Across the United States, local politicians are braced for the effects of a possible default by the federal government if there is no deal on the budget.
It would lead to higher interest rates and as a result states, cities and towns would have to shell out more on the money they borrow.
Credit cards are also linked to the interest rate set by the US central bank, the Federal Reserve, so using a credit card could cost consumers more.
Unable to borrow money the US government would not be able to pay soldiers’ wages. Also unpaid would be pensions, and health care programmes for the elderly and poorer Americans.
So could it trigger the kind of financial meltdown we saw in 2008?
Analyst Robert Hoew of Geomatrix does not believe so: “I don’t think people will think that it is going to be a cascade like Lehman Brothers. But, it certainly does worry the markets. In Asia there is a feeling of this as sort of a confirmation that it’s a turn from an American decade to an Asian decade.”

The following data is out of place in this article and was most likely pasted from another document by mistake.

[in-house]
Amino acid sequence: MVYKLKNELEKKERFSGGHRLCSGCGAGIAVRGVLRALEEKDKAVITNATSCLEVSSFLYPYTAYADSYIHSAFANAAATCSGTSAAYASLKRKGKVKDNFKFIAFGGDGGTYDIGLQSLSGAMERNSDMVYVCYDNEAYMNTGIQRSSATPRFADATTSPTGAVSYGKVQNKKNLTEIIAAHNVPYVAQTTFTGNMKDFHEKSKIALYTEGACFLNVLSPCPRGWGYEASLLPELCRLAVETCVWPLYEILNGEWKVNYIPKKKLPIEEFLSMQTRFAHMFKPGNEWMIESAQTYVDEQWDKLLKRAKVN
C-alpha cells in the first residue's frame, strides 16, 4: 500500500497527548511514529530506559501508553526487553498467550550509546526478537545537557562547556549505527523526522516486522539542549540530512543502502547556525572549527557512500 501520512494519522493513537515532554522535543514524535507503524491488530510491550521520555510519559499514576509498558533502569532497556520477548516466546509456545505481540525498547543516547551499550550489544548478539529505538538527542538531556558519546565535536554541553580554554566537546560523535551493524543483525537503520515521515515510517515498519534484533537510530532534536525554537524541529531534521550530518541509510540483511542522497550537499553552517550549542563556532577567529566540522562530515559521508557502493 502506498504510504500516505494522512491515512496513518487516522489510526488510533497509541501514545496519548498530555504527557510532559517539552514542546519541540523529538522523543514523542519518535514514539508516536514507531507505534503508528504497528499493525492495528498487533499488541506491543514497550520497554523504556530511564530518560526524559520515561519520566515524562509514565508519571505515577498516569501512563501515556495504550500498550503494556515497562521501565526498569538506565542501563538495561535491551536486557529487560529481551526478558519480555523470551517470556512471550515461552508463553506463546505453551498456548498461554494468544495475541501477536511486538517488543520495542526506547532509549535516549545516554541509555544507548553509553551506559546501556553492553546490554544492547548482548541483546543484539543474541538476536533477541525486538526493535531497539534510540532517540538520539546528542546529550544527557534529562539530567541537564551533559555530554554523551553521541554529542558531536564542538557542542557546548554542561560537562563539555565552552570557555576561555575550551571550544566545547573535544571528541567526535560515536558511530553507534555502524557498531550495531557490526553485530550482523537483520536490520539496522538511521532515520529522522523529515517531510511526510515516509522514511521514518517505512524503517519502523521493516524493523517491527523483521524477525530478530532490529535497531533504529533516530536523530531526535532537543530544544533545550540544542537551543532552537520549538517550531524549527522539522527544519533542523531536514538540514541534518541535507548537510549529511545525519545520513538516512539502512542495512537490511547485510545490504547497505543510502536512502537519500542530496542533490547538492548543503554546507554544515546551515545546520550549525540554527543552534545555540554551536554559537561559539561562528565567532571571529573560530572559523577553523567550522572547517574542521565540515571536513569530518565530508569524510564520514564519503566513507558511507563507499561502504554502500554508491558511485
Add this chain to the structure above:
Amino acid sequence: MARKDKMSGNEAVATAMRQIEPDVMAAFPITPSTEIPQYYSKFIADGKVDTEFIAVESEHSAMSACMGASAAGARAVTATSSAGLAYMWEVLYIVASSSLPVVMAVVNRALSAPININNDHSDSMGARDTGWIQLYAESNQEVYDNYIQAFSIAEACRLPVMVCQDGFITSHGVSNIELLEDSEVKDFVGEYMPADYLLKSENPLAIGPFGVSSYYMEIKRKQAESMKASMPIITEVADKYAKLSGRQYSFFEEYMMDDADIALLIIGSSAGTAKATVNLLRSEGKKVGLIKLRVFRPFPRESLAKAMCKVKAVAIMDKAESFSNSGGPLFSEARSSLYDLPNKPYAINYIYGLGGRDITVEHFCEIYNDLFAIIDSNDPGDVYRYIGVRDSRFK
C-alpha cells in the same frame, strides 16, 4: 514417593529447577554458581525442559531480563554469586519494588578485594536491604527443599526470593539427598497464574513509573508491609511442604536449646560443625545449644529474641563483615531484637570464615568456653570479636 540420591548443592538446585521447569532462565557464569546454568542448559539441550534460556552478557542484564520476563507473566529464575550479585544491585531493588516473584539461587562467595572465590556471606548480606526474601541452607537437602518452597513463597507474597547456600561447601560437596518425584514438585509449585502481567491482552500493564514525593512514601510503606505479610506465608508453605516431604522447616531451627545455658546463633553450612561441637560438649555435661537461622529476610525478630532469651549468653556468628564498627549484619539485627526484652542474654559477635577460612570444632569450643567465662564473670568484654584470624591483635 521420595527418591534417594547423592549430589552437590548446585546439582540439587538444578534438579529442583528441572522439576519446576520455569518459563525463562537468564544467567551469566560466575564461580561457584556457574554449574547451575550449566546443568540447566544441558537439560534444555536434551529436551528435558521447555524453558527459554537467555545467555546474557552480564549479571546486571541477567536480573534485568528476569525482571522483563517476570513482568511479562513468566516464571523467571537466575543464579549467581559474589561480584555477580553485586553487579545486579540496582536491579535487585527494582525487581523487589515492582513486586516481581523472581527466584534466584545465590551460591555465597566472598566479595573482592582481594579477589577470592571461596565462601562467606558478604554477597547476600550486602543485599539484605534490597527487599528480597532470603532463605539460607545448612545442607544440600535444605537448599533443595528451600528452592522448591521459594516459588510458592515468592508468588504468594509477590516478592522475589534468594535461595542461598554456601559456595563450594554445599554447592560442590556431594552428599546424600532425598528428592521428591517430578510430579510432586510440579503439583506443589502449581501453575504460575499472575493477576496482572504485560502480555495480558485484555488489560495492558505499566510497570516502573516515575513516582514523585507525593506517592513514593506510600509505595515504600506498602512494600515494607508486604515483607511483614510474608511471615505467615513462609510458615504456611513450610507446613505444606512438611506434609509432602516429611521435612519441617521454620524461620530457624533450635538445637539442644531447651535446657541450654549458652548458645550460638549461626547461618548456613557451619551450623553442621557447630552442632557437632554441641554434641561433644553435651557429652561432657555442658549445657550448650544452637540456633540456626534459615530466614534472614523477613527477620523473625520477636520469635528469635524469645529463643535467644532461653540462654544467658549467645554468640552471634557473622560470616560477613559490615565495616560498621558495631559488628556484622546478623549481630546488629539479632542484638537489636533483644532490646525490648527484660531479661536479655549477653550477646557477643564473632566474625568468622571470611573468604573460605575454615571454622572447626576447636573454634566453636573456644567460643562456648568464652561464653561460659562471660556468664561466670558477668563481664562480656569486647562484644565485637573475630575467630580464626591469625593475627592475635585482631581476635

With no national health system in the US, the elderly and poor Americans are treated at so-called non-profit hospitals that are reimbursed by the federal government. Without a budget deal they may not get paid.
Those in higher education could also suffer if the crisis is long lasting as it would push up the cost of federal student loans.
With the White House warning of “catastrophic” consequences if a deal is not reached, all eyes are on the US Congress.